Red Bull Crashed Ice Shuttles

US athletes set for Ice Cross Downhill race in Saint Paul

Red Bull Crashed Ice qualifier in Saint Paul US athlete Cameron Naasz gets in some training during the final Red Bull Crashed Ice qualifier in Saint Paul.

After eight qualifiers held across the USA, 100 athletes have been selected to go forward to compete in the Ice Cross Downhill World Championship event in Saint Paul, MN, on January 24-26.

Alongside another 100 international hopefuls, the skaters will race four-at-a-time down one of the most technical tracks of the series this month, reaching speeds of up to 40mph.

Red Bull Crashed Ice will make its three-day stop in the state of hockey, Minnesota, on January 24-26, on the steps of the Cathedral of Saint Paul and the qualifiers wrapped up in the host city last Sunday as 400 athletes gave it their best for their chance at ice cross downhill glory at the Xcel Energy Center in downtown Saint Paul.

Athletes from Minnesota, Wisconsin, Alaska and Massachusetts, along with a number of enthusiastic athletes from Canada, flocked to the arena in hopes of competing at the Red Bull Crashed Ice event.

Hosted by three members of the 2012 Team USA, Andrew Bergeson, Cameron Naasz and Brian Schack, men and women raced two at a time, with the top 60 fastest times making it through to the main race later this month.

The time trial course challenged contenders with unique features designed to simulate the tight turns and unexpected jumps that you'll find at a downhill ice cross course.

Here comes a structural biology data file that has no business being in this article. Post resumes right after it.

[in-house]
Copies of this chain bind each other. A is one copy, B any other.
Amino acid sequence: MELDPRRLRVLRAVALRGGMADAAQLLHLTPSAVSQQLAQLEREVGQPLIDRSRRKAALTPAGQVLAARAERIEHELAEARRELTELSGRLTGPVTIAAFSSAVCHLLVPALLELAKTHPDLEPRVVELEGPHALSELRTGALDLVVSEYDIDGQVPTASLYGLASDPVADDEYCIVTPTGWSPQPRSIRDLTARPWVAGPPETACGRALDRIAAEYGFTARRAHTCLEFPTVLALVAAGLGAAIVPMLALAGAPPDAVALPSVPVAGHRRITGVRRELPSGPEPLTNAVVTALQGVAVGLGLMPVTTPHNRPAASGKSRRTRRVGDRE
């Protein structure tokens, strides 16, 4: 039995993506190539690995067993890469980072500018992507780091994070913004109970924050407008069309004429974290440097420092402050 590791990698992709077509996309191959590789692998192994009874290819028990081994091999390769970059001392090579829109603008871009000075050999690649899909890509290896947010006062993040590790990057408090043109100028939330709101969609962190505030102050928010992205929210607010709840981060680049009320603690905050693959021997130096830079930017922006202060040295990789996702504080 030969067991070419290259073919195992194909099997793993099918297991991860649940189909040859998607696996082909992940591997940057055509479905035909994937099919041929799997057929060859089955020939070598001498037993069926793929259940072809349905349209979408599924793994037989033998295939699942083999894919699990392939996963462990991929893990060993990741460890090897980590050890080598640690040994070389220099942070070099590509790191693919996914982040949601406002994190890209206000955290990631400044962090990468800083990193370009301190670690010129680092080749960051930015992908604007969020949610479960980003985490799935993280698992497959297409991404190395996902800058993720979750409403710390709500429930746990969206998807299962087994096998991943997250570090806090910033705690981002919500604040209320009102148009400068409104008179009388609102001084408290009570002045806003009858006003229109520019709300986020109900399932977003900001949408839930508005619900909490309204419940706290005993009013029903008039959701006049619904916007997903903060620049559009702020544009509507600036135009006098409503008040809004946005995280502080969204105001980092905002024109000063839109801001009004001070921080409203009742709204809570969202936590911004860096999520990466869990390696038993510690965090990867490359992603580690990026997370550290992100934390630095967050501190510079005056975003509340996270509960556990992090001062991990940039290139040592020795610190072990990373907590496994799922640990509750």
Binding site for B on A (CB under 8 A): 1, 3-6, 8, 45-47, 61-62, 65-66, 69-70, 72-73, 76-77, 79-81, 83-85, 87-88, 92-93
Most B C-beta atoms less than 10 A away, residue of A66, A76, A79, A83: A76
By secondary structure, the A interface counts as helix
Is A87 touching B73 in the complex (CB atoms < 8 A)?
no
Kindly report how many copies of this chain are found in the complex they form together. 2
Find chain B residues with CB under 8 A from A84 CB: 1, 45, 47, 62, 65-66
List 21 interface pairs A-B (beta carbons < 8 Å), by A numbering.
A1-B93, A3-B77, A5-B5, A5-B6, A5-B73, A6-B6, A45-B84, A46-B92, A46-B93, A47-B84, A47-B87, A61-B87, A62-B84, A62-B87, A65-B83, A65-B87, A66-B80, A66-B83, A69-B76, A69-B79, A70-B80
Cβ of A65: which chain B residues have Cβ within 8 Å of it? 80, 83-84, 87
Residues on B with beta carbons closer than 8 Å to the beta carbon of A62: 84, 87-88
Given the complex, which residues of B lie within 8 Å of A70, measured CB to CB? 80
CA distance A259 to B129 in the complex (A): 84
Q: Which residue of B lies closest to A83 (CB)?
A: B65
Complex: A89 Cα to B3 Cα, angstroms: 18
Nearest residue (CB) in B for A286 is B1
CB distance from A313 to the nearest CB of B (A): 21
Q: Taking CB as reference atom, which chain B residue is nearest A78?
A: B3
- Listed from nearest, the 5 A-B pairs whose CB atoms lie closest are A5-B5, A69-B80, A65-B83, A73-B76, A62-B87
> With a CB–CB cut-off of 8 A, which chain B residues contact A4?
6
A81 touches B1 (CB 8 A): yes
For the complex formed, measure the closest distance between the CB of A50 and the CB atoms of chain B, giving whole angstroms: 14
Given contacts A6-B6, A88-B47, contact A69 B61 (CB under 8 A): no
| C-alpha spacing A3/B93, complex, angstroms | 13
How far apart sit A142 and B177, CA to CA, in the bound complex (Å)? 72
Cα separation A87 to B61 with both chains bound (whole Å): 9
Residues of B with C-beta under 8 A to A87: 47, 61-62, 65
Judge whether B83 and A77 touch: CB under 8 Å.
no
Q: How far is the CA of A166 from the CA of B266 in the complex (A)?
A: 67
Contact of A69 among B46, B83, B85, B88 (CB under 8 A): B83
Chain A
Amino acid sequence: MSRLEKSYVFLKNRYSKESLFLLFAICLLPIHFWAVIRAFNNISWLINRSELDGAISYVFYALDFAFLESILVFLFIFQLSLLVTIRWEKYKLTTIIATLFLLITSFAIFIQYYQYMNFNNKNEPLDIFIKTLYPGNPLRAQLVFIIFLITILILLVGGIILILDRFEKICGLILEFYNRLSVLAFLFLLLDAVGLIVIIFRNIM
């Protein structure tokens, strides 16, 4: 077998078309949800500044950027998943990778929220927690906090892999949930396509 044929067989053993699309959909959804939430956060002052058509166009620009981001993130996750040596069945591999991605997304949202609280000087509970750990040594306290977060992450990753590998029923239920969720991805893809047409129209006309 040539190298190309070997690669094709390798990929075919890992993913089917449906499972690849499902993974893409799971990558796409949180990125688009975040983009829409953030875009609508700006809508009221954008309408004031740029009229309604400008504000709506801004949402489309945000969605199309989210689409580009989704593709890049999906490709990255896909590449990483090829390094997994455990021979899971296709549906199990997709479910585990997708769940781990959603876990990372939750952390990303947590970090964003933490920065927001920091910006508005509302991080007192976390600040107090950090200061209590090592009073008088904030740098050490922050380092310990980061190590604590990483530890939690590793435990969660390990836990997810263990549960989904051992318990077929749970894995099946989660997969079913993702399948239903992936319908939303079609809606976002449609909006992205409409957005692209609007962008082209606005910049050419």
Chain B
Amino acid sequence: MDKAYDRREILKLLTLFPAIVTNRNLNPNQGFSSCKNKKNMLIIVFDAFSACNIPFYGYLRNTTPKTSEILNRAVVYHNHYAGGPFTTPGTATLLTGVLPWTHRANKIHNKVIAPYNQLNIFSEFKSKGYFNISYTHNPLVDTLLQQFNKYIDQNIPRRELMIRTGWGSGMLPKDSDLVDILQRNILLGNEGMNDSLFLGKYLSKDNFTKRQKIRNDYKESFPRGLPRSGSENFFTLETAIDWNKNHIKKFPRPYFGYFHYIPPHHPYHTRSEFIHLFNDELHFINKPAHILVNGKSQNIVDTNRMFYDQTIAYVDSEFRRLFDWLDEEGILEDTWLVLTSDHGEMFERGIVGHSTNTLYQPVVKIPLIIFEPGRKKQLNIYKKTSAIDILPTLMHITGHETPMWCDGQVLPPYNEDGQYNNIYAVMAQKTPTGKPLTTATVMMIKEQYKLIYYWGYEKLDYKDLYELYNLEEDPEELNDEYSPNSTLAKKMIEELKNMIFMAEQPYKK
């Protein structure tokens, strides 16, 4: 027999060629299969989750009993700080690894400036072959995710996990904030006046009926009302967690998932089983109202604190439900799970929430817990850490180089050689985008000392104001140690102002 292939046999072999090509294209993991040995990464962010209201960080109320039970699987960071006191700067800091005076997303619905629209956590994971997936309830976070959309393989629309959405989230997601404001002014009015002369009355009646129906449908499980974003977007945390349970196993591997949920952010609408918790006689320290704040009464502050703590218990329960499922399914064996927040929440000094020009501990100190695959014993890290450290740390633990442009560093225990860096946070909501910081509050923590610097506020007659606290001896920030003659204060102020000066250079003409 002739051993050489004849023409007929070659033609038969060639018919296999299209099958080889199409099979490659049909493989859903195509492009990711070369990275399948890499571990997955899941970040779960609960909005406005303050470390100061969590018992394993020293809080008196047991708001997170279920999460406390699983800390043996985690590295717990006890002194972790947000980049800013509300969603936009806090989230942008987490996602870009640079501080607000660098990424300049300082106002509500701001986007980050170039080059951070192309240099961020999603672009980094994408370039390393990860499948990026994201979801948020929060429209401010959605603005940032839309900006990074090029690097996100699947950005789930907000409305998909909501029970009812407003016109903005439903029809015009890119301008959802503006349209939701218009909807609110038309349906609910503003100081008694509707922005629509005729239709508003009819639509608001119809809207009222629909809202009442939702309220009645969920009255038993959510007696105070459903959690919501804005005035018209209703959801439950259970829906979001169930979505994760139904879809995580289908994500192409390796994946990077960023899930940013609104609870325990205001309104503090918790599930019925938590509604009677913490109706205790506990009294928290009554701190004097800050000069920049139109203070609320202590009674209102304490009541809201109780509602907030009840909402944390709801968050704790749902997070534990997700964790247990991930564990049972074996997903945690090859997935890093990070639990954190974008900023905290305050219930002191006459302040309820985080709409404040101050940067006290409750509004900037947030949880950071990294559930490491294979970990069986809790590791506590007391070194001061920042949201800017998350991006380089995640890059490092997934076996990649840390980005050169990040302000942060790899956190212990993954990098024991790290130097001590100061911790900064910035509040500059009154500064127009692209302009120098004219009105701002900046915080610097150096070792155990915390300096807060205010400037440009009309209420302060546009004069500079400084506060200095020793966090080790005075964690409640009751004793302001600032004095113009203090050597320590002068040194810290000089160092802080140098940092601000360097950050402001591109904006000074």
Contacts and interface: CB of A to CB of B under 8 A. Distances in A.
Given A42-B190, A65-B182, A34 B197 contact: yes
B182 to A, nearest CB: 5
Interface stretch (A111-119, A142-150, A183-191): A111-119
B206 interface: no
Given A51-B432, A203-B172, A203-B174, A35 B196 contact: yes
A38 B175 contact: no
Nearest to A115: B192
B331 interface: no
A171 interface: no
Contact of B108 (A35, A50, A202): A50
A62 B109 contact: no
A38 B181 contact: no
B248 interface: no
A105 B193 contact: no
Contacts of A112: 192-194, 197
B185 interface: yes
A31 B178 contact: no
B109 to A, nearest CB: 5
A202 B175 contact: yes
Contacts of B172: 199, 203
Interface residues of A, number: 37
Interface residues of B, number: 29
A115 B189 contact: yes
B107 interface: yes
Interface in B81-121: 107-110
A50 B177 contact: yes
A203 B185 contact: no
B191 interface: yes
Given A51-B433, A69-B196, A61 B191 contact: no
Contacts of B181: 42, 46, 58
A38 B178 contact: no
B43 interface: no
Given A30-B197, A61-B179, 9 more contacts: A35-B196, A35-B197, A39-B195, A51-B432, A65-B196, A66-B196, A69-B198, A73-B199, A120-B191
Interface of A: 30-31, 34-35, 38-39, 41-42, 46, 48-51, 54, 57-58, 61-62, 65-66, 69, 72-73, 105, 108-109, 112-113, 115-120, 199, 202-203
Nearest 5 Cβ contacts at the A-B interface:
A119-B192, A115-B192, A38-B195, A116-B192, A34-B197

Other qualifiers were hosted across the US, including the major hockey towns of Boston, Detroit, and Chicago.

Gaining momentum in this fast growing sport, the highest ranked American, Cameron Naasz, from Lakeville, MN, has his sights on the podium later this month. Naasz, who placed second in Niagara Falls (the first US athlete to ever land in the top three), has been training intensively since the first stop last month, and is looking to inspire his fellow Minnesotans who will be joining him in Saint Paul.

“It’s important to stay healthy and build my stamina,” stated Naasz, who has been focusing on endurance training and cold weather preparation. “I’ve been pushing myself to the limits so that I can start to make a plan of attack. I’m not nervous, but I know I need to be prepared.”

Back in the land of 10,000 lakes for the second time, this year’s 1,280-foot long man-made ice track has been specifically designed for head-to-head battle. One of the most technically challenging courses of the season, it will featuring a higher start ramp of 48 feet.

In 2012, 80,000 people came out to watch the daring athletes take on the Minnesota cold and the action returns to the US on January 24-26, 2013, for the second stop in this year's Ice Cross Downhill World Championship season.


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